Objective. To determine whether drawings can aid in the differential diagnosis of headaches in children. Methods. Before taking any history, 226 children who were seen consecutively for the evaluation of headache were asked to draw a picture to show how their headache felt. The pictures were then scored as migraine or nonmigraine by pediatric neurologists who were blinded to the clinical history. A clinical diagnosis of headache type was determined independently by another pediatric neurologist using the usual history and examination. The diagnoses of headache type based on the pictures drawn and the clinical findings obtained were then compared to calculate the sensitivity, specificity, and predictive values of the drawings for the diagnosis of migraine. Results. Children produced dramatic and insightful headache drawings. Compared with the clinical diagnosis (gold standard), headache drawings had a sensitivity of 93.1%, a specificity of 82.7%, and a positive predictive value (PPV) of 87.1% for migraine. That is, drawings that contained an artistic feature consistent with migraine (eg, pounding pain, nausea/vomiting, desire to lie down, periorbital pain, photophobia, visual scotoma) predicted the clinical diagnosis of migraine in 87.1% of cases. Predictive values were also calculated for specific migraineassociated features on drawings: artistic depiction of focal neurologic signs, periorbital pain, recumbency, visual symptoms (photophobia, scotomata), or nausea/vomiting had a PPV of >90% for migraine; severe or pounding pain had a PPV of >80% for migraine. Band-like pain was not predictive of migraine (PPV of 11.1%). Features on drawings such as sadness or crying did not differentiate migraine from nonmigraine headaches. Conclusions. Children's headache drawings are a simple, inexpensive aid in the diagnosis of headache type, with a very high sensitivity, specificity, and predictive value for migraine versus nonmigraine headaches. We encourage the use of drawings in the evaluation of any child with a headache, as an adjunct to the clinical history and physical examination.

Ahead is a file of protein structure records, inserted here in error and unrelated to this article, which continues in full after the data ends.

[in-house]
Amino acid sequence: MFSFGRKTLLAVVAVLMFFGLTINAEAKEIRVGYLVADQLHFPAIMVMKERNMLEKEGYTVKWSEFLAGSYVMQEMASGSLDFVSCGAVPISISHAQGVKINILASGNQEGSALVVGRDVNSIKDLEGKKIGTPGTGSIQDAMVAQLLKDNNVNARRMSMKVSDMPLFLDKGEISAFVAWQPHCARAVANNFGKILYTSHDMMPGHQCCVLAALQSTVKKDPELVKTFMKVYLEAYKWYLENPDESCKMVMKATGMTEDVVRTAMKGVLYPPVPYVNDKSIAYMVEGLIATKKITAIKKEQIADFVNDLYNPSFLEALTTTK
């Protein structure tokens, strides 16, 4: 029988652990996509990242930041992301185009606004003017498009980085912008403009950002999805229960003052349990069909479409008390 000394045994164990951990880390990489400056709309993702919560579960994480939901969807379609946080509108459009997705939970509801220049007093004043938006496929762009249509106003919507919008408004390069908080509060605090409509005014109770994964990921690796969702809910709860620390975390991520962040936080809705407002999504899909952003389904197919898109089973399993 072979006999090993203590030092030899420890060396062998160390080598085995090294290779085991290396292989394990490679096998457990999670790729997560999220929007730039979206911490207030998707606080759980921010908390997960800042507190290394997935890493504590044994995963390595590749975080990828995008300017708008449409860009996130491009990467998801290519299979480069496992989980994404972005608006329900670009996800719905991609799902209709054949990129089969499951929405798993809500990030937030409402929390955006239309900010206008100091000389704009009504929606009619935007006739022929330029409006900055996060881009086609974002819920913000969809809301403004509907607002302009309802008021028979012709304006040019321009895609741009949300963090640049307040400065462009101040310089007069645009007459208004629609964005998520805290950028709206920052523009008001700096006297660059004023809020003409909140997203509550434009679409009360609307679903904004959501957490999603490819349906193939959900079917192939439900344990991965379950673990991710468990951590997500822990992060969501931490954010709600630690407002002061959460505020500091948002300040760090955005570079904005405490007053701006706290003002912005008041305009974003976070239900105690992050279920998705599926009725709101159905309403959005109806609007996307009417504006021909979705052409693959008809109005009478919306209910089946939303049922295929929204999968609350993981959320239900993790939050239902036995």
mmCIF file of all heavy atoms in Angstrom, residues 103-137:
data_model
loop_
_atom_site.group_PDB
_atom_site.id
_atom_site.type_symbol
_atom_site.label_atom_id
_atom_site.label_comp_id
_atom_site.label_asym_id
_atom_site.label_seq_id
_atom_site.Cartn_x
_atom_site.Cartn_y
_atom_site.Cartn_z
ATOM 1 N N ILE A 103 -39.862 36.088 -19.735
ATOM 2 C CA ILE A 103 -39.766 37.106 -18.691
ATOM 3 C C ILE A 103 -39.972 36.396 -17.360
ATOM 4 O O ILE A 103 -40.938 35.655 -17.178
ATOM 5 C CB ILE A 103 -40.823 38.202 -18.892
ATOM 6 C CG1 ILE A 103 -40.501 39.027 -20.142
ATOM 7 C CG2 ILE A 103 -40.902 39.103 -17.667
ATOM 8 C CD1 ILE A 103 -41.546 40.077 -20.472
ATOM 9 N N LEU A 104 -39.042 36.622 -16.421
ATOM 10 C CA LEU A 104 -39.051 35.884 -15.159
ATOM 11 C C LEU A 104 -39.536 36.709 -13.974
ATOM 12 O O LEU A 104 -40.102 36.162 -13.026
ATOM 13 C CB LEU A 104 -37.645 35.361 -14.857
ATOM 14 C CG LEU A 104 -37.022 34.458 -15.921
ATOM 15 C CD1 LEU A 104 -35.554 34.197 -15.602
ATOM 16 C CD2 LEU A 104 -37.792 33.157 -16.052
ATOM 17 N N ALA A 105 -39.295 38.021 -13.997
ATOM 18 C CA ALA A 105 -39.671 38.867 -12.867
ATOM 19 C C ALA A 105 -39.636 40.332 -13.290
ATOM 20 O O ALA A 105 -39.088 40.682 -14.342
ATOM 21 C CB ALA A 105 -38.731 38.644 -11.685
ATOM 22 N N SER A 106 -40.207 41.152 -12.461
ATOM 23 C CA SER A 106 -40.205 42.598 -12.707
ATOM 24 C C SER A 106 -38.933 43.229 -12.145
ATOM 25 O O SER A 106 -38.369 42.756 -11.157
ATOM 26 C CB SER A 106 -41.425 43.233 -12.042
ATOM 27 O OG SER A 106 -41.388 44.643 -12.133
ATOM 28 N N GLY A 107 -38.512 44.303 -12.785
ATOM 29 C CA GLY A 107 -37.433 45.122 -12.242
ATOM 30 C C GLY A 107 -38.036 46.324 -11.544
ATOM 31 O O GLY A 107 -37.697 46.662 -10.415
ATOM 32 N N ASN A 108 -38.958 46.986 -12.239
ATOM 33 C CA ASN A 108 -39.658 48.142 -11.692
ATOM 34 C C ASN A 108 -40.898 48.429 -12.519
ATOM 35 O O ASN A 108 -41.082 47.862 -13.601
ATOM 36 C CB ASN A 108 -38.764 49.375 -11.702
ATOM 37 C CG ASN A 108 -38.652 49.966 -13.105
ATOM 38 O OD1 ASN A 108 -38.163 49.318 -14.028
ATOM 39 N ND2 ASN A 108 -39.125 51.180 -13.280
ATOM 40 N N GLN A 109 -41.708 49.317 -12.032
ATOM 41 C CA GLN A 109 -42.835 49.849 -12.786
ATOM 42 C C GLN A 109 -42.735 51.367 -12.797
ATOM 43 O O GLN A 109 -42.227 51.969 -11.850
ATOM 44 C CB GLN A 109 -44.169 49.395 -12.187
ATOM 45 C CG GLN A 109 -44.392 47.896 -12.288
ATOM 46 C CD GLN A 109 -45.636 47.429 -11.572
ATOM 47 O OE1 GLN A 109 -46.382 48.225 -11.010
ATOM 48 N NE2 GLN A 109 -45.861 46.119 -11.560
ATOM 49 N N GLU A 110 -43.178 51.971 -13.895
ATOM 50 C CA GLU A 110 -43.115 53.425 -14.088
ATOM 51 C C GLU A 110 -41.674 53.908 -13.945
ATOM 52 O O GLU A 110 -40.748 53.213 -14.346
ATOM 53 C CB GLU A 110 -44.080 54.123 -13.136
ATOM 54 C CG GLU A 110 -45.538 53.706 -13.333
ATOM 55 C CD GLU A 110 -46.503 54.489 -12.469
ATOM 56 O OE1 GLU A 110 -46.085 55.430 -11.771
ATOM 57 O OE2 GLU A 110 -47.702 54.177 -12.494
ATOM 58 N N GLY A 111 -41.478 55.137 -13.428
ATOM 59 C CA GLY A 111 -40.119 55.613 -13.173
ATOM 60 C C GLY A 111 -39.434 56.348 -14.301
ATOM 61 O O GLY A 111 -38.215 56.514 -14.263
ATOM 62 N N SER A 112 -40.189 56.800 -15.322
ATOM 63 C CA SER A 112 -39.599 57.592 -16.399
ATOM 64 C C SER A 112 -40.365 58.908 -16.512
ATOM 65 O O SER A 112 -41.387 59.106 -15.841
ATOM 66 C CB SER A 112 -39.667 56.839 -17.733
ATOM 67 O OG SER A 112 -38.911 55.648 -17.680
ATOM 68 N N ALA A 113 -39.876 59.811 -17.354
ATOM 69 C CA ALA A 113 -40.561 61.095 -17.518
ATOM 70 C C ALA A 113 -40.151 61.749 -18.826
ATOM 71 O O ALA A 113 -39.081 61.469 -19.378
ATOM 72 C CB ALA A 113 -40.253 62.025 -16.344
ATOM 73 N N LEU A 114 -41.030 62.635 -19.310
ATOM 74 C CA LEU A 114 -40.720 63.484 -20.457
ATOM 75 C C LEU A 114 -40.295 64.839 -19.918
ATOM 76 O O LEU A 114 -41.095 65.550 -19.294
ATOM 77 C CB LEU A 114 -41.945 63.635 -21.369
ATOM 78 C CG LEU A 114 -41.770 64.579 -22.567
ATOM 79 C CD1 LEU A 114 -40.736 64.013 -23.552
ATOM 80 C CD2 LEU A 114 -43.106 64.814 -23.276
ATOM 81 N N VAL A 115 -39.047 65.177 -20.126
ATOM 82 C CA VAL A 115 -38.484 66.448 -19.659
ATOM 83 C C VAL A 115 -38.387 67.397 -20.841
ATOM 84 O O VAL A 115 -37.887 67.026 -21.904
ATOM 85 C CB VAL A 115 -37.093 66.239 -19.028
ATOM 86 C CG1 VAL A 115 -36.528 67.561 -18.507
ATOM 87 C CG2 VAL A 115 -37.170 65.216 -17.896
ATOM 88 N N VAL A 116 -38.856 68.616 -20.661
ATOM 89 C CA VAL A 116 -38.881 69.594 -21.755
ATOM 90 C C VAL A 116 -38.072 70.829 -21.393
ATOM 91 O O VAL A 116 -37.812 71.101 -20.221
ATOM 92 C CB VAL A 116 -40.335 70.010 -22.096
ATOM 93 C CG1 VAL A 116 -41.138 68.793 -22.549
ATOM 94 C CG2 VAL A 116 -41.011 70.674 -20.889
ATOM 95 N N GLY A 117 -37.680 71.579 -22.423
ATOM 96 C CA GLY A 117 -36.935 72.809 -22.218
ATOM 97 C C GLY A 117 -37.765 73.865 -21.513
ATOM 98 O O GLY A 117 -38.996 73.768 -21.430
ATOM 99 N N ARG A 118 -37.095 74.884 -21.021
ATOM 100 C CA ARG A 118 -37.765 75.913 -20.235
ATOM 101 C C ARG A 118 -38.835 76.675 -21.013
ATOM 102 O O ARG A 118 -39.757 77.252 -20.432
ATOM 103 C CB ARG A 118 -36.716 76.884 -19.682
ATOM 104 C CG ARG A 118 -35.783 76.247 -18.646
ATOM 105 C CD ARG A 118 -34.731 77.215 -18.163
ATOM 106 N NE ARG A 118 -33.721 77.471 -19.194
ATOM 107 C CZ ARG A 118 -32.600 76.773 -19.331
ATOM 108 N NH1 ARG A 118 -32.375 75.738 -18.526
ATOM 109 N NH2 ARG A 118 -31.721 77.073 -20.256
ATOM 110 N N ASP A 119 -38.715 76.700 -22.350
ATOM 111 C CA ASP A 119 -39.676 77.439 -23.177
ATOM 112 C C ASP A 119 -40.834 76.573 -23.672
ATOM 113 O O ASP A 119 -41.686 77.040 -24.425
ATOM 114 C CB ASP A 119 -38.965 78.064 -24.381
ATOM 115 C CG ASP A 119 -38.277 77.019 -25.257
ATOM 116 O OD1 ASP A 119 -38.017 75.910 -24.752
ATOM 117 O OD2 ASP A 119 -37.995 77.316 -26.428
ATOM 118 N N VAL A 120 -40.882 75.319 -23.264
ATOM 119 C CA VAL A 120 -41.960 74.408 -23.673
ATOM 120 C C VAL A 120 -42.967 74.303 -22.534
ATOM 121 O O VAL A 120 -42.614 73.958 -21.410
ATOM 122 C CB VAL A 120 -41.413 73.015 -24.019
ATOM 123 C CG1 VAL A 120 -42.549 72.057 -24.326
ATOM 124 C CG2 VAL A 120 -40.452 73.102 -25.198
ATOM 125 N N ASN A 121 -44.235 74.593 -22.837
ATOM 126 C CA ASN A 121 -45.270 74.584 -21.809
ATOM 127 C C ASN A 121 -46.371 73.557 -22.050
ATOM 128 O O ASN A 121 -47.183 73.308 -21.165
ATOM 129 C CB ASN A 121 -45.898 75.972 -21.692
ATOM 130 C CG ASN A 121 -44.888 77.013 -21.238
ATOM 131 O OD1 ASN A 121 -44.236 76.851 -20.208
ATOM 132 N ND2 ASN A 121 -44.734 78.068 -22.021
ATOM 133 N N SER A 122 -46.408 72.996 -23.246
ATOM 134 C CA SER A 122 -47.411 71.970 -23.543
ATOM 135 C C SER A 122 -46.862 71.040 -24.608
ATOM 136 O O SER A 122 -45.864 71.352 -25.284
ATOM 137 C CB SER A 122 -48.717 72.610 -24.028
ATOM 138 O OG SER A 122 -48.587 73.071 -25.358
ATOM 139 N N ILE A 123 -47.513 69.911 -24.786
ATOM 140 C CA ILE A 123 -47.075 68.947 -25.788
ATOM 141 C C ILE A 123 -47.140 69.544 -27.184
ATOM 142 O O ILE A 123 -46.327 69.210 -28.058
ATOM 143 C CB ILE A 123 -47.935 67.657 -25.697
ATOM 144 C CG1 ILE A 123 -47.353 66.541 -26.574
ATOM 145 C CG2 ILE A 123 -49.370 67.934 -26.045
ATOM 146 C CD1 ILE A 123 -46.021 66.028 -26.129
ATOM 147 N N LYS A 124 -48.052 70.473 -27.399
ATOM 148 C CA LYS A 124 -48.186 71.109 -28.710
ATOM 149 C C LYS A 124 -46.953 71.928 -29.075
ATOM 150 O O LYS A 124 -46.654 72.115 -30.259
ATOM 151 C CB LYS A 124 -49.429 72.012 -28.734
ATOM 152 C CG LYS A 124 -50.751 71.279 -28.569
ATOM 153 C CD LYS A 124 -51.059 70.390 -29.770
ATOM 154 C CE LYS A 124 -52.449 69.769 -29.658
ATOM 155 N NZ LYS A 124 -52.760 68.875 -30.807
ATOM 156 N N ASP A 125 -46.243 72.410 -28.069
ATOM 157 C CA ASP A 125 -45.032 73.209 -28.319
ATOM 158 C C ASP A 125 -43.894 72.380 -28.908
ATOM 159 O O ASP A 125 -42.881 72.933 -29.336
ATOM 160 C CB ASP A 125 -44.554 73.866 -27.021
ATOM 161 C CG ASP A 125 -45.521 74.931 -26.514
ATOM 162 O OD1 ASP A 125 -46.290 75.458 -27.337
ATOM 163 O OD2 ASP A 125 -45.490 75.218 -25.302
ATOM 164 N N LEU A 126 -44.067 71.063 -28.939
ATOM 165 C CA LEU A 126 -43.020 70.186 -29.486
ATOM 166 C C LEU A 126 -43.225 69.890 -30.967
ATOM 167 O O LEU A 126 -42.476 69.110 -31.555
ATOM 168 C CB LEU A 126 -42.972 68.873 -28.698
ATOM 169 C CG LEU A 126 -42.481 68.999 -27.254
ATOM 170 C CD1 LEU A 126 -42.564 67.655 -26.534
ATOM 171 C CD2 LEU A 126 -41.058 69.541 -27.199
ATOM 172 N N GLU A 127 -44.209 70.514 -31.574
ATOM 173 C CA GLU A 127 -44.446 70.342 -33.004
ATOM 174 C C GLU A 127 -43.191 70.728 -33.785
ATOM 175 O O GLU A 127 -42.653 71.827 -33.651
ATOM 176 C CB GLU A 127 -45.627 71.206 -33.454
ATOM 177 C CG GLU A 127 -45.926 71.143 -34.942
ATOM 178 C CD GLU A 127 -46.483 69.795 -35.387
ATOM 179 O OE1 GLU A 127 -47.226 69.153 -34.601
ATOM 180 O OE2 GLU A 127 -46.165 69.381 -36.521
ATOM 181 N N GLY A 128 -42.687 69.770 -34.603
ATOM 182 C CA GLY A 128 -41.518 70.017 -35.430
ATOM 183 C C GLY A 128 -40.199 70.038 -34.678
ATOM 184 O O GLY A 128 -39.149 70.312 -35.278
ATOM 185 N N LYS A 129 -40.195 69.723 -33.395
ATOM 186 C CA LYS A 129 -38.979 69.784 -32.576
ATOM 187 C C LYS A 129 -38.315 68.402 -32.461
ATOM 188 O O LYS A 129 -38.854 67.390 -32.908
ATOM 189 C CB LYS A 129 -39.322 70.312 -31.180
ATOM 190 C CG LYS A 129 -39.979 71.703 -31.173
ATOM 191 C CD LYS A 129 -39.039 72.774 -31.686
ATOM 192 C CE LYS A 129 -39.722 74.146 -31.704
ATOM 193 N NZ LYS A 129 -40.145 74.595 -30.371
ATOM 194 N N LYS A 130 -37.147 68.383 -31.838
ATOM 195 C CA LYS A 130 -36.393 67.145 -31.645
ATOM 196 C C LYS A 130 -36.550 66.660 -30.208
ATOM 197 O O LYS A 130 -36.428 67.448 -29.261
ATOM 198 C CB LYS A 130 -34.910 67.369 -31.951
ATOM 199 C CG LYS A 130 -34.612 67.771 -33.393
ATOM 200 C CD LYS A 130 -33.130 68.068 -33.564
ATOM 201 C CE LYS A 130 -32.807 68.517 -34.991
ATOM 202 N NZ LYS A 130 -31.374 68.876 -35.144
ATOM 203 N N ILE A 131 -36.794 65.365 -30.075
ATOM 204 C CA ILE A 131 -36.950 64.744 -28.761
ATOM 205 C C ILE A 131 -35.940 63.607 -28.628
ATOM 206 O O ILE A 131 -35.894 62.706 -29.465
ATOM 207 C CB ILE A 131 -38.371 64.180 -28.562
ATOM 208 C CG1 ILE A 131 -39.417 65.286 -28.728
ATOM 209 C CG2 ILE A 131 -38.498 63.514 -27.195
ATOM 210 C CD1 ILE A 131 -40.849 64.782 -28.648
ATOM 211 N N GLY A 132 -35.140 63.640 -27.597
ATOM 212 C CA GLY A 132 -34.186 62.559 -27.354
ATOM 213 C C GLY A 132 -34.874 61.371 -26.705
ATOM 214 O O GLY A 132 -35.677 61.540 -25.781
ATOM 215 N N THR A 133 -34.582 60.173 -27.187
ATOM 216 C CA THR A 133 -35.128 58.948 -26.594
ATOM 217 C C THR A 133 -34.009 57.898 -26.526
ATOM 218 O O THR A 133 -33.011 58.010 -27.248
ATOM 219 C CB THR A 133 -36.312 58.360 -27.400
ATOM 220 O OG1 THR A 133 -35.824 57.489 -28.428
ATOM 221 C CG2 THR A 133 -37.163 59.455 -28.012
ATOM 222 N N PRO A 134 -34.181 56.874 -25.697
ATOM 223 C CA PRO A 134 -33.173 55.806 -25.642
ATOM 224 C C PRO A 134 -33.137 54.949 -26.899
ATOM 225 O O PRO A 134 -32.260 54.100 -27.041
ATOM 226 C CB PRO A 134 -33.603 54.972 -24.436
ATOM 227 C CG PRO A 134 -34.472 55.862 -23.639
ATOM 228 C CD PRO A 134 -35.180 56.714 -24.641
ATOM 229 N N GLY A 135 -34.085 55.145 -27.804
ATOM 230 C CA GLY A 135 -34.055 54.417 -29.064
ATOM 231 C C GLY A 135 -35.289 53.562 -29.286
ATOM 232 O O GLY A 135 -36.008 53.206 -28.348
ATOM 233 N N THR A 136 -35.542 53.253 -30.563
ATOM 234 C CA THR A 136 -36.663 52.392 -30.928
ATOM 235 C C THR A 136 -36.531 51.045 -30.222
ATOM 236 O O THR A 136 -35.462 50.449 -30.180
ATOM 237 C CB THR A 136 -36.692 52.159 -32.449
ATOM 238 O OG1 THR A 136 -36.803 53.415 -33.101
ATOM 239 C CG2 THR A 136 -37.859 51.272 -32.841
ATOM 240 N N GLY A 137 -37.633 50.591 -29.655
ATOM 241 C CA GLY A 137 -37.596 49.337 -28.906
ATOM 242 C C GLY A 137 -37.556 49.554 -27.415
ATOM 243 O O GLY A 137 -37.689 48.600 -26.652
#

ASJC Scopus subject areas
- Pediatrics, Perinatology, and Child Health